Signs that require proprietary software, or require the purchase of third-party software can add frustration for the end user, a large learning curve, as well as push up the total cost of the project. ADTI offers the flexibility of using their included content management system, SkyShow, or any signage solution that can utilize their standard HDMI input on the SkyPanel system.
3) Ease of Installation
This is a factor that is commonly skipped over, and almost never is considered by the end user. Since it ultimately affects the bottom line, as well as the timeline of the project, I think it’s an attribute that deserves consideration. If the installation requires special structural changes because of the weight, fabrication to enclose the sign for weatherproofing, or modification to allow for extra depth, the money you saved on the lower cost hardware shrinks considerably, or is completely wiped out.
The difficulty of measuring the increase in quality in comparison to the increase in cost, can cause endless hours of agonizing research, and can freeze the final decision. Many are drawn in by the low cost LED panels they’ve seen coming out of China, and end user’s tend to lean towards the frugal choice for the initial capital expenditure and ignore the ongoing operating expense of running an LED sign; which can be an expensive mistake. With ADTI, you don’t have to make that compromise. The combination of affordable initial cost, American made quality, IP67 weatherproofing, and incredibly low power consumption, makes for a visually stunning, “no compromise” solution.
A couple of months ago, I spoke with one of our Arizona integrators about a window digital signage project for a large retail jewelry store. As we discussed the project, I asked for specifics as to display size dimensions and quickly moved to content, media player, and signal distribution scheme. The spec seemed relatively straightforward and a bill of materials would be easy to create.
But as I reviewed drawings and artist renderings, I quickly asked myself:
- What direction do the windows face? Southwest exposure?
- Coverings shading the windows?
- Portrait or landscape orientation?
- City ordinances on night time brightness?
The answers to the above questions quickly convinced me that I was actually dealing with a high ambient light specification than that of a typical within-the-building digital signage project. Additionally, this window project calls for commercial grade, 24/7 displays (for use well into the night after closing hours) that must have the following design attributes:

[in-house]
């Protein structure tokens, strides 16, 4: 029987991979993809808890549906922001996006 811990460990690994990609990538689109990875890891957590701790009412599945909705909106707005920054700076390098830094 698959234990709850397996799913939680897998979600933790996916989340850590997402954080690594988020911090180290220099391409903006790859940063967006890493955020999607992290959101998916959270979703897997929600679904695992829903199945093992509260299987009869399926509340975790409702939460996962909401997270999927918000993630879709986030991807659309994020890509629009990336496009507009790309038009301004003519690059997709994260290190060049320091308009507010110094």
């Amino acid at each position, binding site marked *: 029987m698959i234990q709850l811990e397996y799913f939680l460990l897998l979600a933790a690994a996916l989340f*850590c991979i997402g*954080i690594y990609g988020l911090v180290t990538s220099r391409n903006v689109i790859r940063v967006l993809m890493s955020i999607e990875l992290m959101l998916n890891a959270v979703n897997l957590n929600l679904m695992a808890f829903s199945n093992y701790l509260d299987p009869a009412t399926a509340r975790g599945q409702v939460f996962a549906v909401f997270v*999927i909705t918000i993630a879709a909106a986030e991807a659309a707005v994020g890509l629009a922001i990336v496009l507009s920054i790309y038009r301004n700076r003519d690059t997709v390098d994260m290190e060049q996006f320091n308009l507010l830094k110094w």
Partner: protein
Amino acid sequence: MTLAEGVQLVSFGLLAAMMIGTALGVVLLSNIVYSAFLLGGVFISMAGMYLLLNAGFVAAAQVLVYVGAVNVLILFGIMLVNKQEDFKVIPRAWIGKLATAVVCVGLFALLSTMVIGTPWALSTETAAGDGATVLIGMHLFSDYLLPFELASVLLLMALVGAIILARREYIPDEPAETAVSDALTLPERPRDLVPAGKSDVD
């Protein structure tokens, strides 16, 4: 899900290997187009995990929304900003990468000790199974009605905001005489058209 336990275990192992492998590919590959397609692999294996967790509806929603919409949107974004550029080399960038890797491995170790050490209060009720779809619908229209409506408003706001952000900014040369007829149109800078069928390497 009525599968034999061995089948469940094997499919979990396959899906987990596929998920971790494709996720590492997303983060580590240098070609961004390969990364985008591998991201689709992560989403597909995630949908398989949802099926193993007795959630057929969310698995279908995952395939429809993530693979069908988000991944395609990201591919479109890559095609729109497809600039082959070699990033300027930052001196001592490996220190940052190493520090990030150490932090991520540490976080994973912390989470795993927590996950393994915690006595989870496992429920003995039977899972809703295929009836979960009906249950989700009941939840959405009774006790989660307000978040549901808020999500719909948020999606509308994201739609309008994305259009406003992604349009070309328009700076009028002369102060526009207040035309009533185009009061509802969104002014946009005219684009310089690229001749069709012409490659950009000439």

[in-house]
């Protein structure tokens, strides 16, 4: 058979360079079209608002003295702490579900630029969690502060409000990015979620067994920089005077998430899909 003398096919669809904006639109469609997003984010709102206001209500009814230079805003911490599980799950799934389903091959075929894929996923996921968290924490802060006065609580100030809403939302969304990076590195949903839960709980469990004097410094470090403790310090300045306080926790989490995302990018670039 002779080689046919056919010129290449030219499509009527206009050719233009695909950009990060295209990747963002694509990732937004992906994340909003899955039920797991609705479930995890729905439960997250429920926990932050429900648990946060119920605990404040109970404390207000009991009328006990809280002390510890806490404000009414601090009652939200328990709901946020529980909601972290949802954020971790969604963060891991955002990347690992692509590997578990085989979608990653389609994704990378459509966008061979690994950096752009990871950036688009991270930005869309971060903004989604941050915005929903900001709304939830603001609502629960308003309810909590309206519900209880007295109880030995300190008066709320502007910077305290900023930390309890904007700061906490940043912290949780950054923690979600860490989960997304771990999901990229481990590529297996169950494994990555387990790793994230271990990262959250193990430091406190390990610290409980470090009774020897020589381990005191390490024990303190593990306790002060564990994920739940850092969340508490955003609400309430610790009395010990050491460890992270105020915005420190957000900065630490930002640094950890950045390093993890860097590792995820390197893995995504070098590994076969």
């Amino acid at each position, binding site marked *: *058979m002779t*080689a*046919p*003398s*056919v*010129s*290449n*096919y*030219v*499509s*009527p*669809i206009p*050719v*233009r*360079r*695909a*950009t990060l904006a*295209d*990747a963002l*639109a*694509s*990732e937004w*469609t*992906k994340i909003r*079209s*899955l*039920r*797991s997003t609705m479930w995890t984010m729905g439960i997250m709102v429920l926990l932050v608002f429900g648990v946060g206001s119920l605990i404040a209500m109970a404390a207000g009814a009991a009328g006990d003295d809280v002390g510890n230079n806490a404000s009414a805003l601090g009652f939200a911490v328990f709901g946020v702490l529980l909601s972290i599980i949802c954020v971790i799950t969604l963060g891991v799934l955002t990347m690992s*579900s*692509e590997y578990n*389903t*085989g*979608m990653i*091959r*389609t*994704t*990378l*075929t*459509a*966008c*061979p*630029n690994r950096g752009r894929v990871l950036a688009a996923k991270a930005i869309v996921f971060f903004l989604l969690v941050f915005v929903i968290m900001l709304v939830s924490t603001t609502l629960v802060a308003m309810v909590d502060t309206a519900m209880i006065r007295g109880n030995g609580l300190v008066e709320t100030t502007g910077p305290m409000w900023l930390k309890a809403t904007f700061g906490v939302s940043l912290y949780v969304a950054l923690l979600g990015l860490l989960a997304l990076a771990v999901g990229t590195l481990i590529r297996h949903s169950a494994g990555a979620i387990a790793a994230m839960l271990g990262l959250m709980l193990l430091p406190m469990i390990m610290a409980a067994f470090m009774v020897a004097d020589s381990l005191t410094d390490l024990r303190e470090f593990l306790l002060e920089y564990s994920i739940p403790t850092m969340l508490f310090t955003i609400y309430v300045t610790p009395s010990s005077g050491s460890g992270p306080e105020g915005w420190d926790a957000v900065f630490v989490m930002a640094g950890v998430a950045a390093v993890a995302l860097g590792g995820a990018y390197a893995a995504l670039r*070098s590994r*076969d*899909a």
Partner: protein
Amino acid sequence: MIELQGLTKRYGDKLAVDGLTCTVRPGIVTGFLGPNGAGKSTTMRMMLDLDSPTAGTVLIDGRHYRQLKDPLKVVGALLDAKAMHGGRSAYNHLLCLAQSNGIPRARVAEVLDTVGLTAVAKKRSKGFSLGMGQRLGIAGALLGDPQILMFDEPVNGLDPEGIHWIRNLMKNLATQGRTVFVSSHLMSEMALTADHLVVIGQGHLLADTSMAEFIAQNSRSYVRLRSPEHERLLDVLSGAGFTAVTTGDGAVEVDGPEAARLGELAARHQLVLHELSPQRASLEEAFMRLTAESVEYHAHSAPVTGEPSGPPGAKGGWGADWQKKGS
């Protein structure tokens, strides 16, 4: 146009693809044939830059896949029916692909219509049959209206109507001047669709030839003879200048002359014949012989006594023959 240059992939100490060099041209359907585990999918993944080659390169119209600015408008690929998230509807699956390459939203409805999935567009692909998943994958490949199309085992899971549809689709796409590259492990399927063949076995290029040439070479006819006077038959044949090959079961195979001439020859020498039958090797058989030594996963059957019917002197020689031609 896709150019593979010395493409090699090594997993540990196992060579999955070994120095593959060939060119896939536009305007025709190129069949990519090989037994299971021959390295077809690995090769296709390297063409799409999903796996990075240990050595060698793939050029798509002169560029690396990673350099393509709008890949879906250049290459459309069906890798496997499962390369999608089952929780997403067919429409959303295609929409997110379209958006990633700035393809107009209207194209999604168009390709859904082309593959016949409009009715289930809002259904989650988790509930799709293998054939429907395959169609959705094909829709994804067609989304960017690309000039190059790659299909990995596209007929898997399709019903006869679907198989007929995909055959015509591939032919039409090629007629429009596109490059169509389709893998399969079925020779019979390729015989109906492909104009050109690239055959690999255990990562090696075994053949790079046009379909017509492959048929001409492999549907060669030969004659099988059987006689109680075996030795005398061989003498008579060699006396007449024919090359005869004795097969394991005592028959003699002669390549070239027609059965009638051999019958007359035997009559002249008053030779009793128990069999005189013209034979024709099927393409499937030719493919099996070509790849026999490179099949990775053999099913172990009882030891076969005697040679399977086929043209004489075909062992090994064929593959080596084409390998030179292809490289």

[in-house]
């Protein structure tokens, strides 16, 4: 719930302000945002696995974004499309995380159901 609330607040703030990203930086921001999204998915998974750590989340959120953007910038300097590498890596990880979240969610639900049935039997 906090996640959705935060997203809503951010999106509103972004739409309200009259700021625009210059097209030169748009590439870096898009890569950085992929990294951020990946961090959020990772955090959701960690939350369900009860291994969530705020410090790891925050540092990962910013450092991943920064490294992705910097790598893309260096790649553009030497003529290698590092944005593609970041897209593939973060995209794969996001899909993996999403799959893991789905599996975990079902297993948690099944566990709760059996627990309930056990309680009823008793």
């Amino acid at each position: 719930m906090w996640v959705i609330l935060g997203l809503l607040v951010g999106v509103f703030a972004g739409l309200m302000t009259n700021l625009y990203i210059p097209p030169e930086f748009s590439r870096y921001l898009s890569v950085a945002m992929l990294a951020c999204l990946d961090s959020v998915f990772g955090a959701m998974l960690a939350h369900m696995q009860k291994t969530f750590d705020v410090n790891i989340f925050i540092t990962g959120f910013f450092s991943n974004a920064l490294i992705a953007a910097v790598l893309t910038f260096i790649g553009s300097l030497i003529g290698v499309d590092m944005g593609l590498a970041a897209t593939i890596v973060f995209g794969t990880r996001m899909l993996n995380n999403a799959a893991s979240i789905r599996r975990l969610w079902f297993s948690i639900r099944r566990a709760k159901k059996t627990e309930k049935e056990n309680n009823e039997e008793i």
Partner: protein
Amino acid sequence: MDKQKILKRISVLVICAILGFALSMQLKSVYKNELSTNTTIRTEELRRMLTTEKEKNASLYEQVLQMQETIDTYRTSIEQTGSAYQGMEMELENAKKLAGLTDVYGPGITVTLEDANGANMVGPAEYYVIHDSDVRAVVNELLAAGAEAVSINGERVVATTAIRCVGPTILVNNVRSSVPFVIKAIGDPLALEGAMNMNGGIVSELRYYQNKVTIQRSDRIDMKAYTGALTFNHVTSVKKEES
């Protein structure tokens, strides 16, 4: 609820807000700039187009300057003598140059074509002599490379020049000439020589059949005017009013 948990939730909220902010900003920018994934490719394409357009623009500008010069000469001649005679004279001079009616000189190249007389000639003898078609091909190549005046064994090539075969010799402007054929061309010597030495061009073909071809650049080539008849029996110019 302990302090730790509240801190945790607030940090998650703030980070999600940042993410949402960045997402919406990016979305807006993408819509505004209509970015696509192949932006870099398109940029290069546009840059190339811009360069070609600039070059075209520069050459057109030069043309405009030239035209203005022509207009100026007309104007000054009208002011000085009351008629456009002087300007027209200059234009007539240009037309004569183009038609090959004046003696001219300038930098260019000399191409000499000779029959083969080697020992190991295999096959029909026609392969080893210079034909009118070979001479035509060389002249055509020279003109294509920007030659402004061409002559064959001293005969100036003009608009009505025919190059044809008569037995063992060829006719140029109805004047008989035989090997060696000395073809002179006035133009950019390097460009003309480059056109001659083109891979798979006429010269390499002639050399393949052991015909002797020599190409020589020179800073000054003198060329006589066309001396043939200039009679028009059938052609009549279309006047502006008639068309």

- Higher brightness rating than that of a typical indoor display to ensure crystal clear visibility during the daytime
- Resistant to the effects of high temperatures and direct sunlight that cause an isotropic blackening effect on liquid crystal
- Advanced heat management to provide proper cooling given high temperatures and extensive operational hours
- Polarizing film on the displays so as to be seen by polarized sunglasses in either portrait or landscape orientation
- Ambient light sensors to dim displays in low sunlight or nighttime
So, as you can easily surmise, we’re now talking about specially designed displays for this project. NEC, for example, manufactures 47”, 55”, and 75” high brightness displays designed for front-facing window display applications. The XHB Series of displays addresses the above needs with:
- High brightness (2000-2700 nits) for high ambient light conditions
- High resistance to isotropic effects from direct sunlight
- Quarter Lambda Polarizing film so content can be easily seen regardless of orientation or polarized sunglasses
- Internal heat management and self-diagnostics to insure reliable 24/7 operation
- Ambient light sensors to dim the panel for lower light and nighttime conditions
Bottom line—front-facing window signage demands are different from indoor or outdoor models. Be sure to know the application when an end user mentions windows in a digital signage application. Yes, these panels are an investment, but if you can’t see the displays, why have the signage?